Following the difficult start to the inaugural Las Vegas Grand Prix, CEO of the event, Renee Wilm and F1 President Stefano Domenicali released a statement, explaining why fans were forced to leave last night.
Las Vegas is not a totally unknown territory for Formula One as the pinnacle of motorsport already raced there in 1981 and 1982, albeit in very different circumstances. Back then, the race was held in Caesar's Palace car park, squeezed between concrete barriers and high, wire catchment fences.
Although the races turned out to be title-deciding events, the car park was not suitable for racing, and F1 did not return to Las Vegas in the coming years.
However, the 2023 F1 season marks the first time the sport has come to Las Vegas in over four decades. The new track that is referred to as Las Vegas Strip Circuit is a 3.8-mile circuit that lives on roughly 3 miles of public roadway that must remain open in between race weekend events.
Despite the intensive preparation and the buzz around the event, the Las Vegas Grand Prix endured a difficult start when cars first hit the track on Thursday night. The first session was called off after just nine minutes of running when Carlos Sainz's Ferrari hit a loose manhole cover, badly damaging his car.
The safety concerns urged the FIA to cancel the opening 60-minute session which made it possible to check the manhole covers and fix them. With the repair job requiring several hours, the second practice session kicked off later. The second session was extended by 30 minutes to allow teams and drivers to make up for the time lost, although it took place in front of empty grandstands as fans were asked to leave the track before the session started.
Just before the qualifying session, Renee Wilm, CEO of the Las Vegas Grand Prix, and Stefano Domenicali, CEO of Formula 1, issued a statement, explaining the reasons for the decisions: "Our top priority at Formula 1 is the safety and security of our drivers, employees, and fans. Responsibility for the oversight of a Formula 1 event falls with Formula 1 as the commercial rights holder of the sport, the FIA as the regulatory body, and the local promoter, in this case the Las Vegas Grand Prix. This is important for those who are new to racing to understand.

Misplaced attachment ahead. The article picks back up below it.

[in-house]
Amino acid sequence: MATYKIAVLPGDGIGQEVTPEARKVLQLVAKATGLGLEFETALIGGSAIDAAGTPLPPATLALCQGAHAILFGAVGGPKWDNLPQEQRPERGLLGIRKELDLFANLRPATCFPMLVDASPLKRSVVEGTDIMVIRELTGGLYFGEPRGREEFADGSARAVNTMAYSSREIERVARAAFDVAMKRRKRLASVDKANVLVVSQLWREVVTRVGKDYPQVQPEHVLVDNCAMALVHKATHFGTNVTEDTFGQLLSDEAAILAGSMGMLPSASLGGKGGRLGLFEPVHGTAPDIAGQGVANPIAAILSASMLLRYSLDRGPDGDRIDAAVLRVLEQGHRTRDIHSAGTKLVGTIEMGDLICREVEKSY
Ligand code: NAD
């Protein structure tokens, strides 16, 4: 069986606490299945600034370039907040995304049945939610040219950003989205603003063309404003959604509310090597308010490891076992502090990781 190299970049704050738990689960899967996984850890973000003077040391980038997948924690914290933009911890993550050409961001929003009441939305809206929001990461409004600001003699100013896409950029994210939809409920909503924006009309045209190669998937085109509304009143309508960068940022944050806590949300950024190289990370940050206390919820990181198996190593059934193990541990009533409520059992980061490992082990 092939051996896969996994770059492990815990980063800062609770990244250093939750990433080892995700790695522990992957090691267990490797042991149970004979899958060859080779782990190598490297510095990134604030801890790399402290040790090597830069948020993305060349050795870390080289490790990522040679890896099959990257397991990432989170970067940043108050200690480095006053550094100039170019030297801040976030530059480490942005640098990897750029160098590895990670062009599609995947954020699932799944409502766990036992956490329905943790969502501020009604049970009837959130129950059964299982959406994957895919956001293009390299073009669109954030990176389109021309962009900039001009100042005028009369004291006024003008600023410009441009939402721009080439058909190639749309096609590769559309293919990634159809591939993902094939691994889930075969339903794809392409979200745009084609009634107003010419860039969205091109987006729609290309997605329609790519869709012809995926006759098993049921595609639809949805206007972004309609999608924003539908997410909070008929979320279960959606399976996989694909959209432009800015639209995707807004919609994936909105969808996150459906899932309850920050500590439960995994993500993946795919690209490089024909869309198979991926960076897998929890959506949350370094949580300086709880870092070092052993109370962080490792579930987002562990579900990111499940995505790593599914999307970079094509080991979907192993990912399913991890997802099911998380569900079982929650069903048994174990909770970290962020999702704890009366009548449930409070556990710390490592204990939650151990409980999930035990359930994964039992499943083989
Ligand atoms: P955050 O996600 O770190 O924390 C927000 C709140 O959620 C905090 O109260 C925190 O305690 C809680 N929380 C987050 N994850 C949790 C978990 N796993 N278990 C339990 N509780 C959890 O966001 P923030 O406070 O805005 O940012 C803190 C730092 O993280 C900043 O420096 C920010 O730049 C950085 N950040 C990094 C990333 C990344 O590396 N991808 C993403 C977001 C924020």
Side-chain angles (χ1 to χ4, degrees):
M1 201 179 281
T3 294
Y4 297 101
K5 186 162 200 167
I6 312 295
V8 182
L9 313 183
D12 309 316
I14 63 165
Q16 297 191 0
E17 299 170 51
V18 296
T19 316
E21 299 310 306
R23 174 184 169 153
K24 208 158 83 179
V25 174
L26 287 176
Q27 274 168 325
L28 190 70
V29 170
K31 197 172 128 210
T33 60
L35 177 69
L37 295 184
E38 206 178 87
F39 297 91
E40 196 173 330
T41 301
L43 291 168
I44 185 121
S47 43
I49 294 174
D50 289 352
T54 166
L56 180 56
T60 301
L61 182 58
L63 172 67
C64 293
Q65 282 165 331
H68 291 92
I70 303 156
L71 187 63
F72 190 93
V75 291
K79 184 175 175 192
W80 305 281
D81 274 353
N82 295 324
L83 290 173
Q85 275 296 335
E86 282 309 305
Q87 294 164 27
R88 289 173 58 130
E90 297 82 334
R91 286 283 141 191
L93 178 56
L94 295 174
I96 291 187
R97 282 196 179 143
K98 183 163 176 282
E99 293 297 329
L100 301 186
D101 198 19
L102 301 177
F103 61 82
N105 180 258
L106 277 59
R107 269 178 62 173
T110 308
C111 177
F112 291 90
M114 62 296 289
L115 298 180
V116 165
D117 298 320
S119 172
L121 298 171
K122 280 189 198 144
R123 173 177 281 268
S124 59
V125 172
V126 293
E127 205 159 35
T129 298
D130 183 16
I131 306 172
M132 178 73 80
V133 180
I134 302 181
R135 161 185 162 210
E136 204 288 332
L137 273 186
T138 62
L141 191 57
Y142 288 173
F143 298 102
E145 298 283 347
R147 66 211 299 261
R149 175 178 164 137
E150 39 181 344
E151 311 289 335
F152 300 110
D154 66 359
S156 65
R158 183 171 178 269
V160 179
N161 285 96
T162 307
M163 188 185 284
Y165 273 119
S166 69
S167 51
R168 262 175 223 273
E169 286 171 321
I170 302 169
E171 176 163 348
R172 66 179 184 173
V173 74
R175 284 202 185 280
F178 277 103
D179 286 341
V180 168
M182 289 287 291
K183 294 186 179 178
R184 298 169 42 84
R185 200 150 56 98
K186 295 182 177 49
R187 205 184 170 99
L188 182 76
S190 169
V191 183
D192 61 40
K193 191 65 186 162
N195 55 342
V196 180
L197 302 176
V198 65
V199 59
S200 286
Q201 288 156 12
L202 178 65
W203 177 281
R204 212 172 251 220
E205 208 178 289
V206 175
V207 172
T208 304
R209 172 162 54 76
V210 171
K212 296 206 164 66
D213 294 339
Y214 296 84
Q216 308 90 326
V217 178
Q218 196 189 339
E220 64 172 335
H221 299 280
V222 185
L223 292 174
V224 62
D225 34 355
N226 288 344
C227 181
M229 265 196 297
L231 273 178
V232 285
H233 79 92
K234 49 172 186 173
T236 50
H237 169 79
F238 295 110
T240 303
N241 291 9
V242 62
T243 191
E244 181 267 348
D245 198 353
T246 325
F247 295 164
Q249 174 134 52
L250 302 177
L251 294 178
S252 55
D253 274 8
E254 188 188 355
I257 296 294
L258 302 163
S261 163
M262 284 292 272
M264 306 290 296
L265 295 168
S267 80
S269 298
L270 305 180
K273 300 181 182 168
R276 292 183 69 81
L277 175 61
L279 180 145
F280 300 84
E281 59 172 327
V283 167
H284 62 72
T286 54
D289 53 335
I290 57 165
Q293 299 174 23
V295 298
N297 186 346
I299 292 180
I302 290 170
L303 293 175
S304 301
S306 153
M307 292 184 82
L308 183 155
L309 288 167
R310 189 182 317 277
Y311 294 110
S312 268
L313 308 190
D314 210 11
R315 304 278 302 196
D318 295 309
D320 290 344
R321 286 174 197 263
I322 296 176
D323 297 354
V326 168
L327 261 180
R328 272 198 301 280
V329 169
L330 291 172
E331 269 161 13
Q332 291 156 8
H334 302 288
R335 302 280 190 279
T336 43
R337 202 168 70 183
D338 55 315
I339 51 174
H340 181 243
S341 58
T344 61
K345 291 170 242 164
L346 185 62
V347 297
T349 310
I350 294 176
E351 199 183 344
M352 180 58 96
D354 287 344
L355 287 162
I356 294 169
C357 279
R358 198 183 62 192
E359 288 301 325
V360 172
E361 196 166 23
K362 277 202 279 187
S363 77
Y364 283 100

“Last night, approximately nine minutes into the first Free Practice session, a water valve cover broke on the straight on Las Vegas Boulevard. At that time the FIA, which is responsible for the safe running of the activities on the circuit, stopped the session so that we could look at the broken water valve cover and inspect the track. This has happened on occasion at other tracks at other races around the world.
“The precautionary step of removing all of the water valve covers on the entire track and filling them with sand and asphalt was undertaken. The entire process, from determination of the issue to remediation, took approximately five hours. The decision to remediate in this way was taken out of an abundance of caution and because the safety of drivers, trackside marshals and officials and our fans is always our highest priority. We thank the contractors who worked expeditiously to resolve the situation so quickly.
“As a result, the first Free Practice ended early. We moved ahead with the second Free Practice session at approximately 2:30 AM PT for 90 minutes. The decision to run the second Free Practice session at 2:30 AM PT was supported by all parties to ensure the sporting integrity of the remainder of the event.
Speaking about the second session that took place in front of empty grandstands, the statement read: "The delay in the start of the second Free Practice session from midnight to 2:30 AM PT created risks for our employees and our fans. We made the decision to close the fan areas that are under LVGP’s purview at 1:30 AM PT and send fans home.
“First, we were concerned about our public safety and security officials who had been in service for a long time and who are being asked to work for the next three nights. We thank Clark County’s Metro Police Department, Department of Public Works and other public safety officials for their incredible support during the event and also as we re-opened the track early this morning.
“Second, we were concerned about our transportation employees who are responsible for driving our fans back to hotels. By Federal law, they were bumping up against the amount of time they can legally and safely drive buses.
“Finally, our hospitality staff needed the ability to clean and resupply our guest areas to ensure that the fan experience is optimal for everyone over the coming days.
“We know this was disappointing. We hope our fans will understand based on this explanation that we had to balance many interests, including the safety and security of all participants and the fan experience over the whole race weekend. We have all been to events, like concerts, games and even other Formula 1 races, that have been cancelled because of factors like weather or technical issues. It happens, and we hope people will understand," read the statement.